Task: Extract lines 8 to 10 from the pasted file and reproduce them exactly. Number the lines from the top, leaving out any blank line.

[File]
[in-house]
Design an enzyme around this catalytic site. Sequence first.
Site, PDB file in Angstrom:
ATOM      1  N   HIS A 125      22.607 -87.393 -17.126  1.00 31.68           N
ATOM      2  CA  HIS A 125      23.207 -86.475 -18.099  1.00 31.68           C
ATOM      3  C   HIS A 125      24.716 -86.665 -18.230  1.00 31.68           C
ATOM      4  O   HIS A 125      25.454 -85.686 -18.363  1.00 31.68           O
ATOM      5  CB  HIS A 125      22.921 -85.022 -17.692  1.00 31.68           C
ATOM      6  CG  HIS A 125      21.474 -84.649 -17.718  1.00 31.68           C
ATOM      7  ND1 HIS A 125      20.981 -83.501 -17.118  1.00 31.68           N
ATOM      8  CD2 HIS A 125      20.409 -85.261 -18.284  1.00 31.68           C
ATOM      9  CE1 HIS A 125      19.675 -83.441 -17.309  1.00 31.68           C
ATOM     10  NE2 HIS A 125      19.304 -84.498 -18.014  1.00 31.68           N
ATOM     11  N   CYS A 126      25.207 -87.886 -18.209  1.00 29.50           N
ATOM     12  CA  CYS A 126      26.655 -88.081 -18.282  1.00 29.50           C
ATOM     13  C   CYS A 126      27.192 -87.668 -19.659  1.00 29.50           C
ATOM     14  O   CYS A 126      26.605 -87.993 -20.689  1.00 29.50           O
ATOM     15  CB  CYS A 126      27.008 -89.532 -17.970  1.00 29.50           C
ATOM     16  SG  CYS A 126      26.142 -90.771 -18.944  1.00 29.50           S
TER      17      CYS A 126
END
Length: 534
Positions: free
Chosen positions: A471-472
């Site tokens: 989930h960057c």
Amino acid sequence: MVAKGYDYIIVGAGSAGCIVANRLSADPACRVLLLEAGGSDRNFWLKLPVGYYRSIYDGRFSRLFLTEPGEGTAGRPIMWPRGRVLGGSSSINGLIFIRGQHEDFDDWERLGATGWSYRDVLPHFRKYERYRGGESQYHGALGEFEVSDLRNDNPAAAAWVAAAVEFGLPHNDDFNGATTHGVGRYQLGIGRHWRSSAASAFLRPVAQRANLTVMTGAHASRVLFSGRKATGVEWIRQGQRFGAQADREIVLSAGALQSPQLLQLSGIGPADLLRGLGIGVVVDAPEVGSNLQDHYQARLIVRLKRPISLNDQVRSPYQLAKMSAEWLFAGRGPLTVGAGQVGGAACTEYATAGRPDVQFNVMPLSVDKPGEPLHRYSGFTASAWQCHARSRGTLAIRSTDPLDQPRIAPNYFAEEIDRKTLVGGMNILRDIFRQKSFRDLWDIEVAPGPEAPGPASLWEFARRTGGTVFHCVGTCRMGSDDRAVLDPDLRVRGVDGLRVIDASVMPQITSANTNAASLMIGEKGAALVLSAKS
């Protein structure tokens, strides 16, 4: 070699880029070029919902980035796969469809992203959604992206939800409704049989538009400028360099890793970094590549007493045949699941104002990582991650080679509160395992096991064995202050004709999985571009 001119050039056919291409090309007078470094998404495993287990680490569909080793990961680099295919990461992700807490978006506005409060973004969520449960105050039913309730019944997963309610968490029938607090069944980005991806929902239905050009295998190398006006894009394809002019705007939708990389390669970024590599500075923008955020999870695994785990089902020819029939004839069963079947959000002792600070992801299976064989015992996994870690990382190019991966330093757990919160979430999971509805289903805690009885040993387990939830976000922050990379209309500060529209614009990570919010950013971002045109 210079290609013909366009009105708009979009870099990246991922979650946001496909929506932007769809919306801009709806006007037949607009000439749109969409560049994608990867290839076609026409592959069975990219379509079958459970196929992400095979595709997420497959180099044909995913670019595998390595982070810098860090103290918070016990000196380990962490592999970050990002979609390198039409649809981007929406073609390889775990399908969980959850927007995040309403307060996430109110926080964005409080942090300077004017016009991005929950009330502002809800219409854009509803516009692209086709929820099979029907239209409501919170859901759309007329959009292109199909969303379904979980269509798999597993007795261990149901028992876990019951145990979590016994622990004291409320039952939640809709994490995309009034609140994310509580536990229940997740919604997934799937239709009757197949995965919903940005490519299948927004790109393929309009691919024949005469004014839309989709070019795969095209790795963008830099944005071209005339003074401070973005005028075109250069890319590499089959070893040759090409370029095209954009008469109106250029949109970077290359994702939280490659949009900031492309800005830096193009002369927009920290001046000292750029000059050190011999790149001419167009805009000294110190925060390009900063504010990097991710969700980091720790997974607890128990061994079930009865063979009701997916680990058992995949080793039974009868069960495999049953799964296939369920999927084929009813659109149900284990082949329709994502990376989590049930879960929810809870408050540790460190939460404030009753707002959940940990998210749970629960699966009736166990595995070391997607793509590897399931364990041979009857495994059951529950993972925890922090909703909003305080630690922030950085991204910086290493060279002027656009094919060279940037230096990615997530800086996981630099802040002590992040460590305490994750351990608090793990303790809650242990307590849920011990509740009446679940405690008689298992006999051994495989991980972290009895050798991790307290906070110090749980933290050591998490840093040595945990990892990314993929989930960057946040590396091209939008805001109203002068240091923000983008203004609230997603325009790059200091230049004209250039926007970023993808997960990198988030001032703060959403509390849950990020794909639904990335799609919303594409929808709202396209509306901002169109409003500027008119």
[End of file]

ATOM      5  CB  HIS A 125      22.921 -85.022 -17.692  1.00 31.68           C
ATOM      6  CG  HIS A 125      21.474 -84.649 -17.718  1.00 31.68           C
ATOM      7  ND1 HIS A 125      20.981 -83.501 -17.118  1.00 31.68           N